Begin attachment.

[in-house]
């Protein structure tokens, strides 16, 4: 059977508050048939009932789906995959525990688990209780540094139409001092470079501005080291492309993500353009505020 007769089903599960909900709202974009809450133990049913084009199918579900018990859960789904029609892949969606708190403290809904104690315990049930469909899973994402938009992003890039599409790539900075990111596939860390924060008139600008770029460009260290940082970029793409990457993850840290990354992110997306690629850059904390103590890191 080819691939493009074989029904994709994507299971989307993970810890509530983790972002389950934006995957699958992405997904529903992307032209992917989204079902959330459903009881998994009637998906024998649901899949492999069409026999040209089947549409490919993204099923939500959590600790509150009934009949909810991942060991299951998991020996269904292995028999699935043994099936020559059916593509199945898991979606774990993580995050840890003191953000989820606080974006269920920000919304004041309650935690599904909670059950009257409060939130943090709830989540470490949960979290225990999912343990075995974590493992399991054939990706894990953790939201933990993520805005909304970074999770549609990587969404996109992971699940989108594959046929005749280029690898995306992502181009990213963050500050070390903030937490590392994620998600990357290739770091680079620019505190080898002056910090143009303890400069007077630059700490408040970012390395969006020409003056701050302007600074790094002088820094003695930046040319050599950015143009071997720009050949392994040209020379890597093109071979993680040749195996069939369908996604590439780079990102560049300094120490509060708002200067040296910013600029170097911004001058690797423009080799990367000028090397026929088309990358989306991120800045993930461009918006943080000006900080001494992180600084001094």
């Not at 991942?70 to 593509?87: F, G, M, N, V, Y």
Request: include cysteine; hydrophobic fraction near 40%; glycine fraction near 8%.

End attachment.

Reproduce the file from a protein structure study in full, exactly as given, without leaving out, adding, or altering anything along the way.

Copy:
[in-house]
């Protein structure tokens, strides 16, 4: 059977508050048939009932789906995959525990688990209780540094139409001092470079501005080291492309993500353009505020 007769089903599960909900709202974009809450133990049913084009199918579900018990859960789904029609892949969606708190403290809904104690315990049930469909899973994402938009992003890039599409790539900075990111596939860390924060008139600008770029460009260290940082970029793409990457993850840290990354992110997306690629850059904390103590890191 080819691939493009074989029904994709994507299971989307993970810890509530983790972002389950934006995957699958992405997904529903992307032209992917989204079902959330459903009881998994009637998906024998649901899949492999069409026999040209089947549409490919993204099923939500959590600790509150009934009949909810991942060991299951998991020996269904292995028999699935043994099936020559059916593509199945898991979606774990993580995050840890003191953000989820606080974006269920920000919304004041309650935690599904909670059950009257409060939130943090709830989540470490949960979290225990999912343990075995974590493992399991054939990706894990953790939201933990993520805005909304970074999770549609990587969404996109992971699940989108594959046929005749280029690898995306992502181009990213963050500050070390903030937490590392994620998600990357290739770091680079620019505190080898002056910090143009303890400069007077630059700490408040970012390395969006020409003056701050302007600074790094002088820094003695930046040319050599950015143009071997720009050949392994040209020379890597093109071979993680040749195996069939369908996604590439780079990102560049300094120490509060708002200067040296910013600029170097911004001058690797423009080799990367000028090397026929088309990358989306991120800045993930461009918006943080000006900080001494992180600084001094």
């Not at 991942?70 to 593509?87: F, G, M, N, V, Y």
Request: include cysteine; hydrophobic fraction near 40%; glycine fraction near 8%.